You’ve been there before: your alarm is set for 6:30 am for work and you wake up out of nowhere at 3:15…
You breathe a sigh of relief and immediately fall back asleep for another few hours before your workday starts.
But you’ve also been HERE: you got nothing going on, it’s Saturday, you wake up at 4:30 am and you can’t fall back asleep no matter what you do…bummer!
Do you think it’s harder to fall back to sleep when you don’t have to actually do anything like go to work or school?
Here’s what AskReddit users had to say.
“I think it has something to do with the alertness of your brain. If it knows the alarm is coming, it’s easy to stay shut off. If I wake early on a free day, I usually feel rested and like I’ve woken up naturally.
Or maybe it’s coincidence and you don’t really remember the times you went back to sleep easily on a free day right now, because they didn’t feel as special and falling back asleep when you woke before your alarm does feel like extra sleep somehow.”
2. Do it!
“This is why it’s important to go to bed at the right time.
I try and make sure my sleep is in multiples of 90 minutes (6 hours, 7:30 hours, etc) with an extra 15 minutes for falling asleep in.”
3. No more alarms.
“This is why i don’t have an alarm anymore. Wake up early, well rested and alert.
This is coming from someone who used to have like 6 alarms at 11 minute intervals and hit the.snooze on all of them.
As a bonus I don’t sleep in on weekends ever, even when hungover.”
4. Might be right.
“I think it’s anxiety. Sleep is so tempting and easy to fall into when you’re depressed or anxious.
I’m a manager at work and I notice when someone texts me after hours with a work-related problem and I’m already relaxing, I immediately get tired and want to fall asleep. I have a history of social anxiety and I’ve noticed that this is a very obvious defense mechanism.
Just fall asleep and the anxiety stops. Once you’ve mulled over it through feverish nightmares for a few hours, the reality doesn’t seem so bad.
So I might be projecting but I feel like everybody uses sleep as a coping strategy for stress – especially social anxiety – from time to time. And it’s not really that easy to notice you’re doing it until it becomes a problem. Basically just the temptation to hide from the world.”
5. I agree.
“Because you don’t want to go to work so the idea of going back to sleep is more attractive.
It actually works sometimes for me if I can’t sleep to imagine I’m in a situation I would want to sleep, like in the morning or in a meeting.”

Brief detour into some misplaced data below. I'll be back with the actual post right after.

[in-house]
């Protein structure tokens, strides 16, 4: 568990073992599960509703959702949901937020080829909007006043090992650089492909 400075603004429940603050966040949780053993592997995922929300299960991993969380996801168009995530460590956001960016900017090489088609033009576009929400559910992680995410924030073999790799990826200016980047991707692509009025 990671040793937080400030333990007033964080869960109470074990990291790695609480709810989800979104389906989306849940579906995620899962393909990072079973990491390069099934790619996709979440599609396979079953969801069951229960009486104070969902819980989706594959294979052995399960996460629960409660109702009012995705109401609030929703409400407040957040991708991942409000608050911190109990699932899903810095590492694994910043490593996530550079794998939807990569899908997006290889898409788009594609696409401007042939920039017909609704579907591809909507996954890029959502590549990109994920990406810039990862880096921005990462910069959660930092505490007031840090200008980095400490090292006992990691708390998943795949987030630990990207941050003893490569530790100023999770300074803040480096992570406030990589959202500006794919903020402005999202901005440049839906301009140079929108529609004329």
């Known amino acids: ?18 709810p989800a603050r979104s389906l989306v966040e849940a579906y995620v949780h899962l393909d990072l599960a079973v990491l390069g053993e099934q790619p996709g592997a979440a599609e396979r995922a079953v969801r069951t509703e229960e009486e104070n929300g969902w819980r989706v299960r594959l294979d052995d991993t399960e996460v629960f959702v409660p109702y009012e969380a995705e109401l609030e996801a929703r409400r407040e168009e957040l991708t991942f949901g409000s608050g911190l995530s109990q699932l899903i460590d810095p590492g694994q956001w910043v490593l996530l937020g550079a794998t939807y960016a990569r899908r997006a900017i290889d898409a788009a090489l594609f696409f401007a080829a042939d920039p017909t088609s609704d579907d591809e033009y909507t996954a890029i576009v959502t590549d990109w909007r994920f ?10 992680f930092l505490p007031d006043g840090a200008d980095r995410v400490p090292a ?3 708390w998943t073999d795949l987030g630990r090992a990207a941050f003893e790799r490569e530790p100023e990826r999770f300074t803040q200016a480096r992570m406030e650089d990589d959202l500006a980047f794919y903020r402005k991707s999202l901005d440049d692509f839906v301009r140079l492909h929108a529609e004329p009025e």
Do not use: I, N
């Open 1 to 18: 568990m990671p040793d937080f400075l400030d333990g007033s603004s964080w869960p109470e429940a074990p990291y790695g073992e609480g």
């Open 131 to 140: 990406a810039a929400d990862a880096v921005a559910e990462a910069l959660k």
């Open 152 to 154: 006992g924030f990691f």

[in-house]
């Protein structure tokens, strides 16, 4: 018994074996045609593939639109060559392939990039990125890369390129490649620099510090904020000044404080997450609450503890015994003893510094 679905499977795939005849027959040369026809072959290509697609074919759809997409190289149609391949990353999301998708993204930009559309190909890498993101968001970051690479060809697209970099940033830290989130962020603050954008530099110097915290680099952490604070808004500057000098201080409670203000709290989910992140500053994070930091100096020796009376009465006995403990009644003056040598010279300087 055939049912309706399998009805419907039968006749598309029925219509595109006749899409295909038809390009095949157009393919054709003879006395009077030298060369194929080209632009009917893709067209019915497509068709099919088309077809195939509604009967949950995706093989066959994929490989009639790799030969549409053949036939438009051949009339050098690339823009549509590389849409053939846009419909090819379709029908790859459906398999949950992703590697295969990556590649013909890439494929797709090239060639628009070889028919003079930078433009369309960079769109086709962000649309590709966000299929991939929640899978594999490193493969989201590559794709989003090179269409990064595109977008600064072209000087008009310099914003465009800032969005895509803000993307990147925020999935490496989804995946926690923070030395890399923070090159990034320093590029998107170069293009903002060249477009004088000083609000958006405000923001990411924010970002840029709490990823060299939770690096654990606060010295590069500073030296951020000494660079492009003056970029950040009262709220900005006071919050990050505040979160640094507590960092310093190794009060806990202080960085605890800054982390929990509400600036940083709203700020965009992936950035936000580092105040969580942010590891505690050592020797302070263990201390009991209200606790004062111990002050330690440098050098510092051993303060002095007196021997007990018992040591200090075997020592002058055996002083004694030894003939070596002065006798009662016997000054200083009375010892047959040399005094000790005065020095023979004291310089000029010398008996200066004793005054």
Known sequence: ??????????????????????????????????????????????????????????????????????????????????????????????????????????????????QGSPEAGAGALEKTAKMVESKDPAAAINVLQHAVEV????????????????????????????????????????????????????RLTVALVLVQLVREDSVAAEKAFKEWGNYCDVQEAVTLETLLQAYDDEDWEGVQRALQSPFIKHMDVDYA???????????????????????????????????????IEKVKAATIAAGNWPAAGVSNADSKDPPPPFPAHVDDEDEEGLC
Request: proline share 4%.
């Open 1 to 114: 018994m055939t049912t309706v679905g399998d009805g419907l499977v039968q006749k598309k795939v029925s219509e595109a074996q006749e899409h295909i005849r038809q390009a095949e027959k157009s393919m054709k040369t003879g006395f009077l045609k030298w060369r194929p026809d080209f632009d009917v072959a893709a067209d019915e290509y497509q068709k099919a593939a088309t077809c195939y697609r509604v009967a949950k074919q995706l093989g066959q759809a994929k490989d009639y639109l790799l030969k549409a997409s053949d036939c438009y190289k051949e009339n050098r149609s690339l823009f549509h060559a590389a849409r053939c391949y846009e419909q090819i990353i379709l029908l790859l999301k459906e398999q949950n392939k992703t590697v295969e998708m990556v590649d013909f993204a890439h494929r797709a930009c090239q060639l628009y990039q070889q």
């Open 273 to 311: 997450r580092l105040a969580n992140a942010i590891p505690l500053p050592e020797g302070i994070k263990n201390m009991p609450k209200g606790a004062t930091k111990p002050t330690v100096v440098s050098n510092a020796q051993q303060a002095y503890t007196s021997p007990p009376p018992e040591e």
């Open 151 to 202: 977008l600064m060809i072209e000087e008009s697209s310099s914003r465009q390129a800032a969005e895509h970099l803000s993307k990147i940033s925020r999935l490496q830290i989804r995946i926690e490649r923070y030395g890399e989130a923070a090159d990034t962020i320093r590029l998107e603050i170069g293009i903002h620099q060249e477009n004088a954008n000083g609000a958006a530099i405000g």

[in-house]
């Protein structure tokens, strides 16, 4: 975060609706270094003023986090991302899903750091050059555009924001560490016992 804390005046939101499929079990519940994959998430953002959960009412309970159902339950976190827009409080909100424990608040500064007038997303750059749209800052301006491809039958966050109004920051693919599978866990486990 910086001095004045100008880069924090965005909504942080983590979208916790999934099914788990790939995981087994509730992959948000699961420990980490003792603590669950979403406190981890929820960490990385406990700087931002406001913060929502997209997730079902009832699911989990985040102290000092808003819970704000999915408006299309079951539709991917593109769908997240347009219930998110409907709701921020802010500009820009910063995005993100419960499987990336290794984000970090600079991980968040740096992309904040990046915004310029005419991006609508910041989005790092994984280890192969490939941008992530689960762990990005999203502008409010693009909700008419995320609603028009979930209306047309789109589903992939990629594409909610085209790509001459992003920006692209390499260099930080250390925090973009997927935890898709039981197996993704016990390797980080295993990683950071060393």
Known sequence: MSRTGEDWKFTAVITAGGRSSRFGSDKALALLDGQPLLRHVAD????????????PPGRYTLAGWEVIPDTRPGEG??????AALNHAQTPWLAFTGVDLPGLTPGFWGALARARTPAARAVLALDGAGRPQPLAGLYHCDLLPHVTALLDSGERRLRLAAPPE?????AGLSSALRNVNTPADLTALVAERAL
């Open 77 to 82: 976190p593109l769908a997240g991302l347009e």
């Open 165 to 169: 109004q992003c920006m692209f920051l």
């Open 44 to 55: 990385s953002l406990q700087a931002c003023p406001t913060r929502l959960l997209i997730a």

6. What phase are you in?
“Probably to do with what phase of your sleep you wake up in.
If you set an alarm most likely you’re being pulled out of the ‘wrong’ sleep phase, which leaves you groggy and tired.
If you have an off day and you wake up, you woke up naturally and in the ‘correct’ sleep phase, which leaves you feeling refreshed and energetic.
I don’t know exactly which phase is the ‘right’ one to wake up in, rem or light sleep probably.”
7. Found the answer.
“I have wondered the same thing and I think I found the answer.
Knowing you have to go to work, the night before you probably get s**tty and inefficient sleep.
When you don’t have work the next day, you probably slept through the night like a baby
I think there is a level of anxiety the night before when you anticipate your next day being a work day.
Therefo, you wake up tired on work days and we’ll energized on non-working days.”
8. Unpleasant business.
“I think it has to do with the unpleasantness associated with work/school etc which makes us more eager to get back to sleep (and away from the unpleasantness).
We also tend to have good feelings about waking up when great things are planned for the morning, even if they are at work.”
9. Up to you.
You don’t want to wake up, but you’re being forced to, so you rebel a little. Your subconscious makes up a micro excuse, “I can sleep for 5 more minutes, it’ll be fine.”, and since you want it to be true, your conscious mind doesn’t fight the faulty logic, 5 more minutes won’t make you feel more rested but it will make you late.
When you aren’t being forced to wake up, though, your subconscious doesn’t feel the need to create imaginary justifications for extra sleep, so you don’t create compelling motivation to do so past “I guess it would be nice”, which your brain doesn’t really care about.”
10. Adrenaline kicking in.
“You don’t want to be tired all day for work.
You can’t nap.
And you probably have some adrenaline realizing it’s your day off.”
11. Doesn’t sound weird at all.
“May sound weird, but maybe in the second case one often ends up trying too hard to sleep just so that they don’t lose out on some quality sleep time, thereby getting worked up, annoyed, overly conscious!
I’ve had sleep issues all my life and the more I chase sleep, the more I find it evading me. Backwards law, maybe? Desperation and helplessness really get hold of me.”
12. Sleep cycle.
“I believe it has to do with your sleep cycle. If you wake up naturally, even early, you are waking up during the proper point in the cycle.
Maybe one out of 100 times will your alarm wake you up at that point.
More often than not it wakes you up at the wrong point in the cycle and your brain is groggy because of it.”
Do you find it hard to go back to sleep if you have absolutely nothing going on?
Talk to us in the comments and sound off.
Thanks a lot!